"Buzz was shocked and wanted a day to think about it," Mooney said. "He came back the following day and told me I would never lose my job with him over being gay." Westfall, who later became St. Louis County executive, died in 2003.
The risk Mooney took then is still in place more than two decades later. In Missouri, anyone can be legally fired or evicted simply for being gay. A bill before legislators would change that. But like similar proposals in past years, the bill appears stalled.
Still, the gay rights movement is having an impact nationally.
At the same time, coming out is becoming more common, especially among older people who grew up when there were still serious stigmas associated with being gay, Broaddus, of the Equality Federation, said. Being open about sexuality is the most effective way to gain rights, she said.
"It's become more and more important to come out so people can see that it's their neighbor, family member, community member and say, 'He is a really good guy. I don't want to take rights away from that person,'" Broaddus said. "But it's kind of a Catch-22 in states like Missouri. People have to be in a position where they are not going to lose their job."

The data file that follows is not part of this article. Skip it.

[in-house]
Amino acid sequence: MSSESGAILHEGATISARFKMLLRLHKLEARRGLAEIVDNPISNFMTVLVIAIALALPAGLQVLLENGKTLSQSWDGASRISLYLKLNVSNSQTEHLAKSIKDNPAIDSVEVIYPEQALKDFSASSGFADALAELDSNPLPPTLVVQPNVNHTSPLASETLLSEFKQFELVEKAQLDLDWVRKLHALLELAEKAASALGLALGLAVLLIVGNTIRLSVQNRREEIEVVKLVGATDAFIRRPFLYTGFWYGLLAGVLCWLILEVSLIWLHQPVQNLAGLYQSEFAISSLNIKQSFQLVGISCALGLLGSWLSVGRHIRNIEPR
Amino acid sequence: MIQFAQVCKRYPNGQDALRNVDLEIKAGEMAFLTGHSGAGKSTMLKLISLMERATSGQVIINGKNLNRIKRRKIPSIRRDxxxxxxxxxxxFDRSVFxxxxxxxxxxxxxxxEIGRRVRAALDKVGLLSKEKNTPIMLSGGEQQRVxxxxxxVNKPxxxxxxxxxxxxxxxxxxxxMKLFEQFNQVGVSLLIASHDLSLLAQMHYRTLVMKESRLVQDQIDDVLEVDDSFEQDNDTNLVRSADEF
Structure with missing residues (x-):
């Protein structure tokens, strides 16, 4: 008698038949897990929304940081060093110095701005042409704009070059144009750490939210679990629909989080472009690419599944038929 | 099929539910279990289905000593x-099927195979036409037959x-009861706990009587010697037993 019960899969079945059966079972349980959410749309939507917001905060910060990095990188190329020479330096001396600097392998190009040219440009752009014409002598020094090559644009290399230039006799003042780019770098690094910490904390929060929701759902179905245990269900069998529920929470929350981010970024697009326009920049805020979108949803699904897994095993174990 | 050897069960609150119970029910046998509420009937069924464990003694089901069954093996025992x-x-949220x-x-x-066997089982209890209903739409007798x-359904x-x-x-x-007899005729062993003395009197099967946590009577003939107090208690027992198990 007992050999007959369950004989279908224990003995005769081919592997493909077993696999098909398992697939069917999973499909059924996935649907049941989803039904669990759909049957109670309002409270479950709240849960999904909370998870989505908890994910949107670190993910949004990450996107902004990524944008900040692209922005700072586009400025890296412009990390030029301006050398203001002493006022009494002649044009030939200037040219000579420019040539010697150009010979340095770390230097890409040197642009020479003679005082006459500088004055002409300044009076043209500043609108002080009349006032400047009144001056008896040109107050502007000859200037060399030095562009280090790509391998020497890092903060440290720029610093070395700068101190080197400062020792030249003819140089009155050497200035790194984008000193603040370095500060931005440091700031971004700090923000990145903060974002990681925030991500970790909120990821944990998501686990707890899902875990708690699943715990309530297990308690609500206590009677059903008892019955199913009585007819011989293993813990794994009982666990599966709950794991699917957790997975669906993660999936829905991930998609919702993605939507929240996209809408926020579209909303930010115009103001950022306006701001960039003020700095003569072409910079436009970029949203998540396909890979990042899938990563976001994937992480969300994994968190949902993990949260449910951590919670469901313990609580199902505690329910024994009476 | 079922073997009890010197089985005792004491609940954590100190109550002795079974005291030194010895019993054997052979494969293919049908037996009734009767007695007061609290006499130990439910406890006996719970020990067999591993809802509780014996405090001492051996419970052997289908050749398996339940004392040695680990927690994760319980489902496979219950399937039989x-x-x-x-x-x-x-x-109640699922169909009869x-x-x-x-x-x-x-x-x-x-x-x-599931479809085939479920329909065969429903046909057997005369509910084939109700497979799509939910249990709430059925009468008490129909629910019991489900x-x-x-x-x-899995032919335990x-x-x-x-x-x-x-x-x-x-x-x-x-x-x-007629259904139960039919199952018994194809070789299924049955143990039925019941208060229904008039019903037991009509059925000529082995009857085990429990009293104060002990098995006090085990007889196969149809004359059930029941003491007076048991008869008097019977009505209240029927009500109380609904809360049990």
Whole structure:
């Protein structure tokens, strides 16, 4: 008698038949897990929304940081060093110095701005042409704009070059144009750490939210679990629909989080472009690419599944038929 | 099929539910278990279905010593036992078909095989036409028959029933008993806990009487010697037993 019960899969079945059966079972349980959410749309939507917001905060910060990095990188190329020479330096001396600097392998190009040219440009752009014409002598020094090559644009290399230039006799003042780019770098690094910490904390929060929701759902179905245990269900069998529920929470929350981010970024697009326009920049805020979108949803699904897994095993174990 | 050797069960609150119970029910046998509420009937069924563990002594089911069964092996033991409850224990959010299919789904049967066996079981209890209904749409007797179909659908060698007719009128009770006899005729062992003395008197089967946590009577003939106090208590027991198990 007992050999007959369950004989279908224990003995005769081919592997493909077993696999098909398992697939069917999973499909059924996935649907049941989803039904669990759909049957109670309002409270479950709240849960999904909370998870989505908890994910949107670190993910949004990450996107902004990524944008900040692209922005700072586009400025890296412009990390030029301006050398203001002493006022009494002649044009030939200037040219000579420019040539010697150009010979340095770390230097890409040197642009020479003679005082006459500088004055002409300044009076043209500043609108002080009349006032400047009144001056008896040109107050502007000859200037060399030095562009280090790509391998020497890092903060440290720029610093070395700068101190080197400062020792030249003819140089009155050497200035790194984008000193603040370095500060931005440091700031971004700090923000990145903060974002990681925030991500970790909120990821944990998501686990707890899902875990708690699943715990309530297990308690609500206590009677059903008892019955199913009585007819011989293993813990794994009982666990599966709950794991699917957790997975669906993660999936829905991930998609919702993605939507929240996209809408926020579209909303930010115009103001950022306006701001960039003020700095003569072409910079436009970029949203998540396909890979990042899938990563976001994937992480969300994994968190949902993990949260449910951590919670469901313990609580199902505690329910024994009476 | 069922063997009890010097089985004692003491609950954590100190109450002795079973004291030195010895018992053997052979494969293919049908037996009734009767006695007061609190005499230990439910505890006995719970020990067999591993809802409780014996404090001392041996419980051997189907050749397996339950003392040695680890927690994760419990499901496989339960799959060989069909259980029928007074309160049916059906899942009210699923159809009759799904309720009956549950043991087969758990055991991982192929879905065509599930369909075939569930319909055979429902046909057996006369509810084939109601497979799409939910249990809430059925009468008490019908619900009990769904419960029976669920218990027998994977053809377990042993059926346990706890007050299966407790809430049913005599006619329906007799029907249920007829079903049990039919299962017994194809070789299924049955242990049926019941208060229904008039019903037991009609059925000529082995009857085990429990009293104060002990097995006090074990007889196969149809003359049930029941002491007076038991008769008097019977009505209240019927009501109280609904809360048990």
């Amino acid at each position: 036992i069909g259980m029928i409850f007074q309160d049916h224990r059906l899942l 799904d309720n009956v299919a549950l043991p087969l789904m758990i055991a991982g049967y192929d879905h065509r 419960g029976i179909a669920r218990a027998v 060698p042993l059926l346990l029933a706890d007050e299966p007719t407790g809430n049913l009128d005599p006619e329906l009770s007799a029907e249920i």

Ken Haller, a pediatrician at Cardinal Glennon Children's Medical Center, said coming out is a key part of changing attitudes.
"If you're not coming out, it's giving them the message that you're uncomfortable with it or that there is something wrong with it something unacceptable," Haller said. "Why should they be advocates for gay rights when the people they know haven't come out to them?"
But with the increased push for gay rights comes a strong push back. The Southern Law Poverty Center, which tracks hate crimes, said the number of hate groups across the country continues to climb. And gays are still the No. 1 target.
"The upshot is that gays are two times more likely to be attacked than blacks and four times more likely to be attacked than Jews," said Mark Potok, director of the intelligence project for the Poverty Center.
Donius said facts like those bolster his case for prominent gay people to step into the spotlight to promote understanding and demand action.